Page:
E SU IS `S EN M W O Nov–Dec 2016
Shy Nokman: “The Little Lifter”
Women in Fitness
not your ordinary CrossFit Coach
Tone that body on a Vegan Diet? Possible? POSSIBLE!
USD $3.99 GBP £3.49 BND $5.00
LET US SHOW YOU HOW
A WELL-TRAVELLED HEALTH ENTHUSIAST
Diversify your workout routine to gain more
SOFIA THEOLOGOU PLUS+ EXCLUSIVE INTERVIEW:
+Health 6 Detox Juicing: Yay Or Nay?
+Fitness 10 Building Muscles on a Vegan Diet 12 Switch It Up: Diversifying your workout routine 16 How Fitness Can Empower Women
+Life Inspired 19 Amalina Abdullah 24 Sofia Theologou 31 Shy Nokman
+Travel 39 Temburong: Brunei’s most unexpected treasure An experience straight from the heart of the Green Jewel 45 A Beginner’s Guide To Backpacking
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39 Temburong: Brunei’s most unexpected treasure
Switch It Up: Diversifying your workout routine
A Beginner’s Guide To Backpacking
he end of the year is fast approaching and it’s only fitting that we talk about diets, workouts, getaways and juice detoxes. We provide invaluable information about how to go about a vegan diet the right way to keep you looking your best for the holiday season and discuss the fitness trend of juice detoxes. We also reveal why you should keep changing up your workout routine and why women shouldn’t only be working out to look a certain way. Plus+ is all about the women in the fitness industry this month and we had the pleasure of chatting with three such inspiring women. CrossFit coach Amalina Abdullah gives us insight into her active lifestyle, coaching methods and urges everyone to give anything a go. Then we have Shy Nokman, who divulges the
motivation and thought process behind her healthy and fit lifestyle. Last but not least, we feature the lovely Sofia Theologou on our cover this month as she tells us about her blog, how she got started on her fitness journey and how she maintains it. To wrap things up, we touch on the benefits of going on a solo trip and provide some useful tips on how to do so and highlight the unique and refreshing Sumbiling Ulu Special package — a chance to relax and get in touch with nature, right on our beautiful doorstep. Don’t forget you can follow us for the latest updates @PlusBrunei on Facebook and Instagram, where we post behind the scenes pics and sneak peeks of upcoming features. Many thanks and happy reading, The Plus Team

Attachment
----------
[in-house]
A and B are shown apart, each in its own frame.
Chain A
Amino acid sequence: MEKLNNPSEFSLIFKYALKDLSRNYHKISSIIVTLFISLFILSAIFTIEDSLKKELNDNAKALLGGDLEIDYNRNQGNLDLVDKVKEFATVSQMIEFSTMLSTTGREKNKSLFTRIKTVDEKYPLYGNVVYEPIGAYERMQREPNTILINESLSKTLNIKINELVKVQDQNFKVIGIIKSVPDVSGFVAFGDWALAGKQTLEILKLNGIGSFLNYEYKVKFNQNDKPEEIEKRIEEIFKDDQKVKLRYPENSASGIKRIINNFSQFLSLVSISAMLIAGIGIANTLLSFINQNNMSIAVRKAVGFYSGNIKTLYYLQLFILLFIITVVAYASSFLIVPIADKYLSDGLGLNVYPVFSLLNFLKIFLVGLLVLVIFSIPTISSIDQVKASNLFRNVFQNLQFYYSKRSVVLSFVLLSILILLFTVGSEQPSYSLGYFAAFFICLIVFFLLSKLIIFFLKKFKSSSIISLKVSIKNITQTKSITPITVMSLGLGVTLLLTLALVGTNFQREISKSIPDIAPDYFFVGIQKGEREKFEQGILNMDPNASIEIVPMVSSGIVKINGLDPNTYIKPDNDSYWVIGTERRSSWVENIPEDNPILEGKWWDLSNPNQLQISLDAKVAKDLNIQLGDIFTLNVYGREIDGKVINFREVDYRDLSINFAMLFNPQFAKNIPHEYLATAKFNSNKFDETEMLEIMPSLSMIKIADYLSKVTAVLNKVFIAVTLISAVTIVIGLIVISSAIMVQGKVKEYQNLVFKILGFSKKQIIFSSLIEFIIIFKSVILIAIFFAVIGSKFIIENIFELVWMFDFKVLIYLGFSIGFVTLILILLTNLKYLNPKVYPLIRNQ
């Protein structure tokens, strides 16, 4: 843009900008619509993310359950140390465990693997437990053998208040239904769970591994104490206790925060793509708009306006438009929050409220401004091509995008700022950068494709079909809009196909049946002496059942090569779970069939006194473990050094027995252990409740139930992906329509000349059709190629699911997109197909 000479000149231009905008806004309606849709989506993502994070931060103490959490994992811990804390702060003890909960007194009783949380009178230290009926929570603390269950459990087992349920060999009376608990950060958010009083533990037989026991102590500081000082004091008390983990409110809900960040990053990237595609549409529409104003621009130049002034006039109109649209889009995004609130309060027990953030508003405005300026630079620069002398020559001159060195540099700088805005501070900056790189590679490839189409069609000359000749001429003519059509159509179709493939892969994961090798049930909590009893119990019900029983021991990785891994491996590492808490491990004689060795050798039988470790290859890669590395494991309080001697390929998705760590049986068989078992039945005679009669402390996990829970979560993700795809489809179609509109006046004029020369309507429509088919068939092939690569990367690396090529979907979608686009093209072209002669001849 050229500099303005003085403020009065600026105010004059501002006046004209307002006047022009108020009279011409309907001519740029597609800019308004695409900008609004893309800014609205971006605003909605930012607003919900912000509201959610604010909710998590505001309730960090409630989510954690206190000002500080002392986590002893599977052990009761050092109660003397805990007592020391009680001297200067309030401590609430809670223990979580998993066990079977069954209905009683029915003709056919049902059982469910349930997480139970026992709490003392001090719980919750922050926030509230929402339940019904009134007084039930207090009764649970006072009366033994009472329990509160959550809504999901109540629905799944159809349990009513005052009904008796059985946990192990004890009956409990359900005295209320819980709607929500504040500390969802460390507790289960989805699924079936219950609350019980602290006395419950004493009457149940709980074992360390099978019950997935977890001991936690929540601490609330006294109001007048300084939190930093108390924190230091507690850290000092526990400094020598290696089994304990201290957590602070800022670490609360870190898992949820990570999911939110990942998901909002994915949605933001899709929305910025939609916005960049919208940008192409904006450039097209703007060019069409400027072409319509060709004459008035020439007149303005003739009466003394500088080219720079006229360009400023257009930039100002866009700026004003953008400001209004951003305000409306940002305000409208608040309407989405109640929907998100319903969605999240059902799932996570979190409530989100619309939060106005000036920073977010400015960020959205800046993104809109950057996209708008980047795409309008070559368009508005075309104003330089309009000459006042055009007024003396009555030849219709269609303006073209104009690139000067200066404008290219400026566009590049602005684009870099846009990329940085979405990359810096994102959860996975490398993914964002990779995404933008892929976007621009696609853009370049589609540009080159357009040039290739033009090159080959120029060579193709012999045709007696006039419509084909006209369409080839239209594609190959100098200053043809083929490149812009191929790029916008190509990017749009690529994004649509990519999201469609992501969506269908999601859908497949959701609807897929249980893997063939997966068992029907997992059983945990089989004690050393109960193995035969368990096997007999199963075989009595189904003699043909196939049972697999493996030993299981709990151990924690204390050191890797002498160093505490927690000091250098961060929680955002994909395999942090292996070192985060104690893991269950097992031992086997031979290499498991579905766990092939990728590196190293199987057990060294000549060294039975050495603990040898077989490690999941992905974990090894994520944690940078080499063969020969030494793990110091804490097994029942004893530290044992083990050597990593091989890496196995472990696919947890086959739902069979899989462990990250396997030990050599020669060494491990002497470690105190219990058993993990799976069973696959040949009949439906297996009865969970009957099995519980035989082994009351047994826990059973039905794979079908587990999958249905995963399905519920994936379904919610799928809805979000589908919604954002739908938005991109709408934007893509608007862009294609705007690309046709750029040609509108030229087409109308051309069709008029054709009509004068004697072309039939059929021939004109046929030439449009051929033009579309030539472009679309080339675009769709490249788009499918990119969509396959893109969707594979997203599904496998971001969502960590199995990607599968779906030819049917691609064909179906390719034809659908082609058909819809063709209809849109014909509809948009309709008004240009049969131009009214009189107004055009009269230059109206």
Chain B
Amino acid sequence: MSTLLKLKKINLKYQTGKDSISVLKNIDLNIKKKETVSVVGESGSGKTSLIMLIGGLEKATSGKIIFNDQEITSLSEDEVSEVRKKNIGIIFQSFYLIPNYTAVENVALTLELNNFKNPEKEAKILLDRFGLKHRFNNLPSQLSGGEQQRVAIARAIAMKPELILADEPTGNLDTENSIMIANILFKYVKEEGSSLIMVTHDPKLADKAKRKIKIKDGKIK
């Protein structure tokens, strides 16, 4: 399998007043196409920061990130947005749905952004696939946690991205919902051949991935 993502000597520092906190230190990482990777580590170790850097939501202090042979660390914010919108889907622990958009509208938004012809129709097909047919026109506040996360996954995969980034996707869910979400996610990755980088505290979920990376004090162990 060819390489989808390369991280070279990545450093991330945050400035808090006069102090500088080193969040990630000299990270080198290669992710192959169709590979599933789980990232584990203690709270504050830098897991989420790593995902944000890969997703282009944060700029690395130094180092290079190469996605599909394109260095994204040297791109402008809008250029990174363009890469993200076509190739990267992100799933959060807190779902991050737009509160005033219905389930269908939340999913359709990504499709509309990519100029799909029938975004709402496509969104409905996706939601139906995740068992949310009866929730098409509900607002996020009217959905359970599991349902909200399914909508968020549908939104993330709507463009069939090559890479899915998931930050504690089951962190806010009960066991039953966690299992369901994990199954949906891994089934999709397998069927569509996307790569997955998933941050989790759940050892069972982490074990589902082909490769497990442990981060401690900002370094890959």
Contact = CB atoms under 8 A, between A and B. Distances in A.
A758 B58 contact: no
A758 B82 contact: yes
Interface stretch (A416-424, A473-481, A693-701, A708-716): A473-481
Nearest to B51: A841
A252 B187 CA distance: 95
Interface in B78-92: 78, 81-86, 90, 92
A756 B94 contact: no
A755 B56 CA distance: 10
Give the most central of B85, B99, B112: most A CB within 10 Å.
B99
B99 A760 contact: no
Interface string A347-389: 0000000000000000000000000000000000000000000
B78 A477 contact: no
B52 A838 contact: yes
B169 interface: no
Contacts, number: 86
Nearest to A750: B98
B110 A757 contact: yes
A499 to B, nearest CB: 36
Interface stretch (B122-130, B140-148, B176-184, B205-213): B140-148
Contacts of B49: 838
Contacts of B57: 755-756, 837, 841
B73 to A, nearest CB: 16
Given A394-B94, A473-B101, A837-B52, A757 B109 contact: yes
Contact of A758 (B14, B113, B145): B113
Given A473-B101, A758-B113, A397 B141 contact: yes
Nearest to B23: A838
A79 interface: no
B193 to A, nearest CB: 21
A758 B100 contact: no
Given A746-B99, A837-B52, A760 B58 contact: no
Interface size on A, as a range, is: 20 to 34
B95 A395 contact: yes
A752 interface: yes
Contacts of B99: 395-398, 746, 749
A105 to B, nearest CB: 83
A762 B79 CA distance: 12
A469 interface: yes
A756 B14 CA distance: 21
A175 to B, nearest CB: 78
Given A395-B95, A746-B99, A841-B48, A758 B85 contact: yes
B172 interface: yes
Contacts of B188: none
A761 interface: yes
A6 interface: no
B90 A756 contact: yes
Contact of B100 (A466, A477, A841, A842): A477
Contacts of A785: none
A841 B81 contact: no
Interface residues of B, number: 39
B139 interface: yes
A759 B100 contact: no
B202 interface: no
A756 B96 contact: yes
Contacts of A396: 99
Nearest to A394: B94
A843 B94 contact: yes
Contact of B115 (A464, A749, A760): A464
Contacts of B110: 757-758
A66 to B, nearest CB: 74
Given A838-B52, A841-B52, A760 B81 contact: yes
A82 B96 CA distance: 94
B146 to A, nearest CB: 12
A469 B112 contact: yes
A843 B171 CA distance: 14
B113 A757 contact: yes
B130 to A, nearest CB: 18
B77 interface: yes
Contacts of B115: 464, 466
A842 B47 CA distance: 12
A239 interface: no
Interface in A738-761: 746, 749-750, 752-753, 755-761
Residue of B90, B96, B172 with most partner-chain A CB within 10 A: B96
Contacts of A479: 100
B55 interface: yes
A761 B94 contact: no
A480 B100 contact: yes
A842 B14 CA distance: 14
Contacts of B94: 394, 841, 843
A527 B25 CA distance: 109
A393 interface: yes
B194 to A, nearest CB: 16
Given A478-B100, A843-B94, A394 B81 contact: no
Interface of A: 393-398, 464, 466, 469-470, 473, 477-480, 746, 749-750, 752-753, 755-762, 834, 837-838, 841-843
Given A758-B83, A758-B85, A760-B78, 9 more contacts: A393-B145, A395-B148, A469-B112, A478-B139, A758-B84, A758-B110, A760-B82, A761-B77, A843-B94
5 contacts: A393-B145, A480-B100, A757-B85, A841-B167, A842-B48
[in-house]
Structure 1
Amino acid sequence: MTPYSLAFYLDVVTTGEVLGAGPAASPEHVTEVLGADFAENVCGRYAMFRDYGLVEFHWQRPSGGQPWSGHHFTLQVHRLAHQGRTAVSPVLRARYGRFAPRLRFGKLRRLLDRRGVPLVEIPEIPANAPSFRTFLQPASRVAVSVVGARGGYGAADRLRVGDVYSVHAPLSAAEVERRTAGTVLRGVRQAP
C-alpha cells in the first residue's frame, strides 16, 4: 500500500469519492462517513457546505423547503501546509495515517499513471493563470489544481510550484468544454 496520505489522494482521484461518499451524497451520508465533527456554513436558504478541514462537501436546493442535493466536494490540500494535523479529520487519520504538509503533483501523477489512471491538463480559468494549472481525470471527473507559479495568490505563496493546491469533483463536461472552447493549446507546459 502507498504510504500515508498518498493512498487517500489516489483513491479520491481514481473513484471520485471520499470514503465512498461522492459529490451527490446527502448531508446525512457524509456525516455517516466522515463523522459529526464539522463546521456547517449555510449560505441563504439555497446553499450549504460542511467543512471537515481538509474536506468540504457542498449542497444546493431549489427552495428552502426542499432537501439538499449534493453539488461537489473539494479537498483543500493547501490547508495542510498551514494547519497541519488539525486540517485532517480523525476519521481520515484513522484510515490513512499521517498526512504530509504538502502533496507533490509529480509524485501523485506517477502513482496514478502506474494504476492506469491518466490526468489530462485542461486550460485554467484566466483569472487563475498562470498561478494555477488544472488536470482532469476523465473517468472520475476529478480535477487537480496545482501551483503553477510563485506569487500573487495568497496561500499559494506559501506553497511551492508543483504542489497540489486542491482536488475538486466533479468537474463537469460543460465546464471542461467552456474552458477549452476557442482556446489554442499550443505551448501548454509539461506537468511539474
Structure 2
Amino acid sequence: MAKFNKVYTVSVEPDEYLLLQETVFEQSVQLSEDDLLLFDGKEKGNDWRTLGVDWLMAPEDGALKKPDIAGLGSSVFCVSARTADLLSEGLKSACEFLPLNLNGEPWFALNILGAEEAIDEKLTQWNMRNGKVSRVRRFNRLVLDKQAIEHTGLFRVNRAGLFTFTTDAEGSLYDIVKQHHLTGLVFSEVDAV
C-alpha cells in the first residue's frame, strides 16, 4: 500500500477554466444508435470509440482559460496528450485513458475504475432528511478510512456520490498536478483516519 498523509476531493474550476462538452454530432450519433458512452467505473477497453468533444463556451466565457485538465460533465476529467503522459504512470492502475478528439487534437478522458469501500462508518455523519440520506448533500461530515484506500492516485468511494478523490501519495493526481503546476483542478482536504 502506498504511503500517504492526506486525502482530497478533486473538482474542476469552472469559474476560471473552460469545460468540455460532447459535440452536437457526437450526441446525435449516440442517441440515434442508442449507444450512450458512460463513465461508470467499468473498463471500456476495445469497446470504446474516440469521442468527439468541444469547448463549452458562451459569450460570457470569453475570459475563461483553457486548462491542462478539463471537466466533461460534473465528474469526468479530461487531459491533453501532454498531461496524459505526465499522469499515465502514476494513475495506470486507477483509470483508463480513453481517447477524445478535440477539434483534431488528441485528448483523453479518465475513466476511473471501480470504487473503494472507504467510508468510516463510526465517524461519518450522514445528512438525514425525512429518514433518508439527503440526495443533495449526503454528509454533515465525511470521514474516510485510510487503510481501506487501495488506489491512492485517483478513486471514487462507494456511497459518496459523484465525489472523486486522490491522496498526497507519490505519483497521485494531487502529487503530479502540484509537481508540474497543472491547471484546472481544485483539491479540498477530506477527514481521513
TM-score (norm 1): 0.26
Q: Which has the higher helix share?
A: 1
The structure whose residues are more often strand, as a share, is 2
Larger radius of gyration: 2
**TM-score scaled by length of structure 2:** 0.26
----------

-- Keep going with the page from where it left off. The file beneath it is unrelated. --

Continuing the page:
+Supported by: Ministry of Health (Brunei Darussalam) Ministry of Culture, Youth and Sports (Brunei Darussalam) Health Promotion Centre (Brunei Darussalam) Fitness Zone Royal Brunei Airlines Progresif Cellular Sdn Bhd
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Oleh Melnyk +Editor-At-Large
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Plus Team +Photographer +Editor
Iman Murni Manisha Dhalani
+Featuring Sofia Theologou
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DETOX JUICING: YAY OR NAY?
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here are generally two schools of thought regarding the recent fad of detox juicing: the first, that it’s great for your body and your weight, and the second, that it’s unnecessary. Of course, there are some who are still on the fence about the whole situation. To start off, for those of you who aren’t aware, detox juicing is the process where you substitute regular meals or food intake with solely juices for a set time frame. The kind of juices, the duration of the detox, and the other factors that you have to consider are all dependent on what you want to achieve from juicing.
does not need a juice detox to help cleanse the body. According to naysayers, what the body needs is a balanced diet, not deprivation of essential food groups — for instance, protein. The truth of the matter, though, is simple — juicing is great for some people and may not be ideal for others. So how do you make the decision as to whether or not to juice? Firstly, identify your reason for juicing. Some actual benefits of replacing your lunch or dinner with
juices include gaining more access to fruits and vegetables, which in return reduces your intake of processed food. This is ideal for someone who has been binging on unhealthy food for too long a time and needs to give the body a break from this. On occasion, juicing can also help you identify foods that cause skin issues as you are eliminating some food groups from your diet. Having said that, take into consideration your current body health. Do you have high blood sugar? If yes, then fasting from
The Yay-team that represents detox juicing assures you that doing it will help you cleanse your system, possibly result in better weight management, and more importantly, help you cut back on certain cravings or food items that aren’t ideal for your body — for example, sugar. The Nay-parade, on the other hand, strongly believes that a healthy and functioning body has an “auto-detox” system, thanks to the liver and kidneys and therefore
whole foods is not a good option. You may opt to juice for one meal only (example for breakfast), which will give you the nutrients you need for the day and ample time for you to regulate your blood sugar with prescribed medication. If you do feel the need to give your body a break from all the excessive fast food and junk you have been consuming, an ideal situation would be to go on a juice detox for about three to four days every few months where you replace one meal by consuming juice only. Ensure your juice is packed with a good supply of nutrients such as fruits, vegetables, and maybe even some